Yes I did. I generally do some cleanup on most of the images I post, using the most unsophisticated tools imaginable--Microsoft Paint and Microsoft Office Picture Manager.

 
 Posted:   Sep 18, 2013 - 12:55 PM   
 By:   jackfu   (Member)

Not to sidetrack the thread, but I’m curious as to your thoughts. This film depicts some of the women as “Furniture”. Was this a cautionary message about the future of women’s status in society? Did the filmmakers ignore the growing empowerment of women movement of the day or was it just a swipe at the rich “elites”? Not that it had a huge impact on the film, but even in ’73 I thought that was a gaffe on the part of the script and it did detract somewhat.

 
 Posted:   Sep 18, 2013 - 1:03 PM   
 By:   ZapBrannigan   (Member)

Not to sidetrack the thread, but I’m curious as to your thoughts. This film depicts some of the women as “Furniture”. Was this a cautionary message about the future of women’s status in society? Did the filmmakers ignore the growing empowerment of women movement of the day or was it just a swipe at the rich “elites”? Not that it had a huge impact on the film, but even in ’73 I thought that was a gaffe on the part of the script and it did detract somewhat.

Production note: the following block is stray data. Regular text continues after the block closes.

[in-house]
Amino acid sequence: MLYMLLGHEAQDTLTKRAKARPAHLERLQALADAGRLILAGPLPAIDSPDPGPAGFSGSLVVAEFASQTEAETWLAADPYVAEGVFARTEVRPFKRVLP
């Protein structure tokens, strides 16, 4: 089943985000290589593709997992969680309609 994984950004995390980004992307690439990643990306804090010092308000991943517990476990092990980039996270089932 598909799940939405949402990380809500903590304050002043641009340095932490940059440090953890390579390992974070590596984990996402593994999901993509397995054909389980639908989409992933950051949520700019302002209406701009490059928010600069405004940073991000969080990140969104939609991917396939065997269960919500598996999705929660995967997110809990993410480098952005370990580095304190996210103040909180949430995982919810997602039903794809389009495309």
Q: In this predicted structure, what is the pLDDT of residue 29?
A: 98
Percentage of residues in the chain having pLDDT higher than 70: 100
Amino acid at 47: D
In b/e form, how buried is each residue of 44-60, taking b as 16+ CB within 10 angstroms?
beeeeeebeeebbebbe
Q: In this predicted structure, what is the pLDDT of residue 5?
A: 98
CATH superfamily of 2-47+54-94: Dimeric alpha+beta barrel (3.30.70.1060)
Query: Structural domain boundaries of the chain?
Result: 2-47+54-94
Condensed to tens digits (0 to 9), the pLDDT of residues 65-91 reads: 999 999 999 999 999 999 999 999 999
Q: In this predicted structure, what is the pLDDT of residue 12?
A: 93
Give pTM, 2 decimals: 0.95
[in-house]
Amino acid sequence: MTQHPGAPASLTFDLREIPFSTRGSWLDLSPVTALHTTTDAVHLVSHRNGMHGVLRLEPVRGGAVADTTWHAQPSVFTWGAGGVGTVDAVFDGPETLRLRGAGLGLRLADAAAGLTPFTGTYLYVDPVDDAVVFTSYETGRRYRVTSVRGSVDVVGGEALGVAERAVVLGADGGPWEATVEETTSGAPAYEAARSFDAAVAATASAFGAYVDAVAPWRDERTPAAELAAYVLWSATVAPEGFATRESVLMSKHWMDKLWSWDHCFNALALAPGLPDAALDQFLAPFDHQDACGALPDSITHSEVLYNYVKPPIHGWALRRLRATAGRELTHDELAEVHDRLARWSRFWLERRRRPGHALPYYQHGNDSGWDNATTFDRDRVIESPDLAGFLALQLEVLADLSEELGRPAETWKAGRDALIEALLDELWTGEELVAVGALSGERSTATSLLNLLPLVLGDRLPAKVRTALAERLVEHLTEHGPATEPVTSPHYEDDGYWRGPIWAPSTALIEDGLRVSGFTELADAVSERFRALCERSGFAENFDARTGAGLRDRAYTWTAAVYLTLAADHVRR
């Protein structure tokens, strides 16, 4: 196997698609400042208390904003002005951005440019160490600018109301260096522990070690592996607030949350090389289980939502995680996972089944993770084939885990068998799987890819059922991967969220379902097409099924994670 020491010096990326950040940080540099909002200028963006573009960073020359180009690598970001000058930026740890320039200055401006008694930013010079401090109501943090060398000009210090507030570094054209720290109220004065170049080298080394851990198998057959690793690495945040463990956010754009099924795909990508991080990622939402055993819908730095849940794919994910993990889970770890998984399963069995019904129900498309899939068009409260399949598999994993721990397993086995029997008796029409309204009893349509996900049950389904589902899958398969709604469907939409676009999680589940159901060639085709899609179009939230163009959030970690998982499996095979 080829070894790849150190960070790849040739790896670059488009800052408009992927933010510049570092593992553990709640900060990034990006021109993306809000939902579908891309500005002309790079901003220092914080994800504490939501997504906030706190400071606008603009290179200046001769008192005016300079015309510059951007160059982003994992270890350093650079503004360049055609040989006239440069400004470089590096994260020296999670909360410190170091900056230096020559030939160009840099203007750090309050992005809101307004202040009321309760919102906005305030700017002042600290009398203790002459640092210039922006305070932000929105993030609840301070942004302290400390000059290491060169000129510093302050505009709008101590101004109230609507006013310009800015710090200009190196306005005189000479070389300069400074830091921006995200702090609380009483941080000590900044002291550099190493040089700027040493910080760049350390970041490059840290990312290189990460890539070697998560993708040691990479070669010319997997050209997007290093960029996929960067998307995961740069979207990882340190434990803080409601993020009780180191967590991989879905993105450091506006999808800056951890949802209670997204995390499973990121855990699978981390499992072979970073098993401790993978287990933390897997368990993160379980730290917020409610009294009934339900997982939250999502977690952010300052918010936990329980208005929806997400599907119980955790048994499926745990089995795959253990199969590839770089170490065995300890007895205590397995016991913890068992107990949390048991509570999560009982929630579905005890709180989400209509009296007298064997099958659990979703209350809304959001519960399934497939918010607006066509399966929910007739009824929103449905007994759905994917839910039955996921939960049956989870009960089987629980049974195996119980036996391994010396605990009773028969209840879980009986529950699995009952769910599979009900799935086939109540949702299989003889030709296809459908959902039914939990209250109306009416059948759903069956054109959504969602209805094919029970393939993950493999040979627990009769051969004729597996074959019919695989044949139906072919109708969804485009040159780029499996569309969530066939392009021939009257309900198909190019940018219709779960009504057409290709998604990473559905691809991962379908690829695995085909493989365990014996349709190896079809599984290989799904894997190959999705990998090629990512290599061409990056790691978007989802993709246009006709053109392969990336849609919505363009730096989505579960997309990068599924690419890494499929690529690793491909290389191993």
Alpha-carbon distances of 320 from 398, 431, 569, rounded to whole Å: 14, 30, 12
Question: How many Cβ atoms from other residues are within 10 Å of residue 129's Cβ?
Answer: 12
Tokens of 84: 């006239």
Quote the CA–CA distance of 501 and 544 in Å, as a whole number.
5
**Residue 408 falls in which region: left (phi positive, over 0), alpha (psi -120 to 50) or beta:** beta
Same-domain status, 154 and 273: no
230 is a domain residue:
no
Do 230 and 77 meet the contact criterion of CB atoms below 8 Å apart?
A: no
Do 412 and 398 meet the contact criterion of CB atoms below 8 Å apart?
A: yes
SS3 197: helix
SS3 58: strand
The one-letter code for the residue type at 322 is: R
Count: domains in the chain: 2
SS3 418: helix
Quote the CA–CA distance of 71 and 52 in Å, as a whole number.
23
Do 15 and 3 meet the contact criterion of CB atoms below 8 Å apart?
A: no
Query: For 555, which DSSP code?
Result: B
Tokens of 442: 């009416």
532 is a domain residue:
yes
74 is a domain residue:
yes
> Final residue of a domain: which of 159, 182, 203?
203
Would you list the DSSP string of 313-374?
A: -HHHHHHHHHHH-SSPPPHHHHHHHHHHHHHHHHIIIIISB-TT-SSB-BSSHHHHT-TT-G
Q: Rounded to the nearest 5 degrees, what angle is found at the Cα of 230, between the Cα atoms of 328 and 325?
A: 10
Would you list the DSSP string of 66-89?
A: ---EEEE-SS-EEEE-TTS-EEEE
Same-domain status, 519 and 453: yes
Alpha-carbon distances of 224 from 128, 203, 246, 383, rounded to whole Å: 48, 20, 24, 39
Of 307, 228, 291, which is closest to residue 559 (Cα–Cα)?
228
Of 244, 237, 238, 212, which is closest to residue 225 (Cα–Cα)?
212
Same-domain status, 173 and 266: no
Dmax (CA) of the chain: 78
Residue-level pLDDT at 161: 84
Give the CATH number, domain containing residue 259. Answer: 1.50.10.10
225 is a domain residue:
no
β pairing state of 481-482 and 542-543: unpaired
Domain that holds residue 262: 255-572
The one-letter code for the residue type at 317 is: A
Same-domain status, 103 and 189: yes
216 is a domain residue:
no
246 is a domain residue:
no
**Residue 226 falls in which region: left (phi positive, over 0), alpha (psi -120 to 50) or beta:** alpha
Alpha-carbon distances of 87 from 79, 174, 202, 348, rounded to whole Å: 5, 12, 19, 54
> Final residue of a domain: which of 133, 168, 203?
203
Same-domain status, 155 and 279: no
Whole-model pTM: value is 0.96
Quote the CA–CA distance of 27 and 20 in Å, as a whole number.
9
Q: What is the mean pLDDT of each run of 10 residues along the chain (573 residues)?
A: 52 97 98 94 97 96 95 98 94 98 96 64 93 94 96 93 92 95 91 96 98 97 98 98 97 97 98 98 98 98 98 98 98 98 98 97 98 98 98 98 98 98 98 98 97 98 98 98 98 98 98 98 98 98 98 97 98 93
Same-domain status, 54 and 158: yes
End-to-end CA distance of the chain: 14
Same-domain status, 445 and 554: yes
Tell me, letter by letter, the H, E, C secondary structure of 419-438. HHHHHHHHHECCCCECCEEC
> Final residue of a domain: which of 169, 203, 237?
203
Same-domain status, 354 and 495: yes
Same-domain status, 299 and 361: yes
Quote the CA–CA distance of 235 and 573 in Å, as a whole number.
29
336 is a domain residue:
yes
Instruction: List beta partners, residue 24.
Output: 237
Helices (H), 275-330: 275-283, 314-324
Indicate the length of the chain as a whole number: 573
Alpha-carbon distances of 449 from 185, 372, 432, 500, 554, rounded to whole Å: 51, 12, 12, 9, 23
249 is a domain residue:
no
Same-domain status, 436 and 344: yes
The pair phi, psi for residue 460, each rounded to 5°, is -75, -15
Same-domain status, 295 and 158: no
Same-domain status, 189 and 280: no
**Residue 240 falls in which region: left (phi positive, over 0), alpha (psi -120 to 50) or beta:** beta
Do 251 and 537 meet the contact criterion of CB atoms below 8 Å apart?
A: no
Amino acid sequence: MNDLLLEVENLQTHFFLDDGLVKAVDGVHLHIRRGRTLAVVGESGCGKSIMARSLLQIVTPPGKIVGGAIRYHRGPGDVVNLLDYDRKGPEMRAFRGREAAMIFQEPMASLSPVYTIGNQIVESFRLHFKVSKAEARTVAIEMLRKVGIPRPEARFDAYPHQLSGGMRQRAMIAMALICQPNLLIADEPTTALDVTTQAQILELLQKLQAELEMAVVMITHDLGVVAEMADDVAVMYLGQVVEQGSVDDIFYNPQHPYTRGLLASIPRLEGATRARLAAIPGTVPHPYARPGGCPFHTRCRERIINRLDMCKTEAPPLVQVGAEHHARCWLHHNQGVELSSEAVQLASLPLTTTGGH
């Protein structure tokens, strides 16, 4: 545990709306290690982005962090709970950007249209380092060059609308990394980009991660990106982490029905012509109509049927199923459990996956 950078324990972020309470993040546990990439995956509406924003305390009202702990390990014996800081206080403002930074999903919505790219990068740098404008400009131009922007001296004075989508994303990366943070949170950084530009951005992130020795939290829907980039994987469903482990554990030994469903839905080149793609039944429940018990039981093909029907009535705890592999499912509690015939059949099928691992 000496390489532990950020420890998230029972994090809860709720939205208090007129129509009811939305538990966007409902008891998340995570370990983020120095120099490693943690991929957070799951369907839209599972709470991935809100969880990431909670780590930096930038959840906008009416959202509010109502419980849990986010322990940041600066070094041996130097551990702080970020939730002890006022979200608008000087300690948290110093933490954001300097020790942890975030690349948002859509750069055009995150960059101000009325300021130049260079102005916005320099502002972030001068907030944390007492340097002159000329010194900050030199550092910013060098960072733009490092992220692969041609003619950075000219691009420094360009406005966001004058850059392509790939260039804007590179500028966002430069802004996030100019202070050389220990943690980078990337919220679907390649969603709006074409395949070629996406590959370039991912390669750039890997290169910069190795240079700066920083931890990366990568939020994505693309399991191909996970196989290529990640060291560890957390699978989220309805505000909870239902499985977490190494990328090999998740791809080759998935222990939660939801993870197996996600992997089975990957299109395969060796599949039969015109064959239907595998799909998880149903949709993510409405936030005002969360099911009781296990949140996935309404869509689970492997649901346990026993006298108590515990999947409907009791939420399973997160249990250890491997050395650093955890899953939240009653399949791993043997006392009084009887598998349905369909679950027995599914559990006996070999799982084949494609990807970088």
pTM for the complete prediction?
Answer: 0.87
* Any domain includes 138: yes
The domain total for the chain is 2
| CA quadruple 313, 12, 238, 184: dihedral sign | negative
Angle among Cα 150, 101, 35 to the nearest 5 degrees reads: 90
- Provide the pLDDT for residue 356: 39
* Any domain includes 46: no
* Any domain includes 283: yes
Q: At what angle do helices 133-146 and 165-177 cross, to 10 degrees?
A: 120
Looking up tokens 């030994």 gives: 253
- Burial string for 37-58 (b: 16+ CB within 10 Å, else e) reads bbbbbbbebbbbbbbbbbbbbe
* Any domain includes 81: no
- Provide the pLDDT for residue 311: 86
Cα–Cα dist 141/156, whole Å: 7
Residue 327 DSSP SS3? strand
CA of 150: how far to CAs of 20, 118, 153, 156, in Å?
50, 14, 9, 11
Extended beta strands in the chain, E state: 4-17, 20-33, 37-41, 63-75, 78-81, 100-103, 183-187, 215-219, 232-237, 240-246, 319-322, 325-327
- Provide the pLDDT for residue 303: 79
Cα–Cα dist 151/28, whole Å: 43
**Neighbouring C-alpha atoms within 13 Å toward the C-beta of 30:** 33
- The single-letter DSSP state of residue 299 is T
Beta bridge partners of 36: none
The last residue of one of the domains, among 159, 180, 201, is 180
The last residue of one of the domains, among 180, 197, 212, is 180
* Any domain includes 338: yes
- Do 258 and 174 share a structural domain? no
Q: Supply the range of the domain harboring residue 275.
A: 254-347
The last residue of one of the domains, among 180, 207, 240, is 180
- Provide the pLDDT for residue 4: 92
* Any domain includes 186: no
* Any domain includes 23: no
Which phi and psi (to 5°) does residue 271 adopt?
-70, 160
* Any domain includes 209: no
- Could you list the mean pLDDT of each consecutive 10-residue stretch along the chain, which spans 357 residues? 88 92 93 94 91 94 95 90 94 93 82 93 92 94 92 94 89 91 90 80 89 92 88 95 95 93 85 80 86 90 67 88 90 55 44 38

What the affluent apartment renter got was a young, good looking, live-in girlfriend who "worked" for room and board. She would obviously get paid something by the landlord, meaning your rent would be higher. But even so, for this to be economically practical, they were dramatizing a future in which non-rich people were desperate for a nice place to live. And young, pretty people find a way.

So as far as I can tell, it wasn't primarily about subordinating the female. It was about over-crowding and desperation among the common people.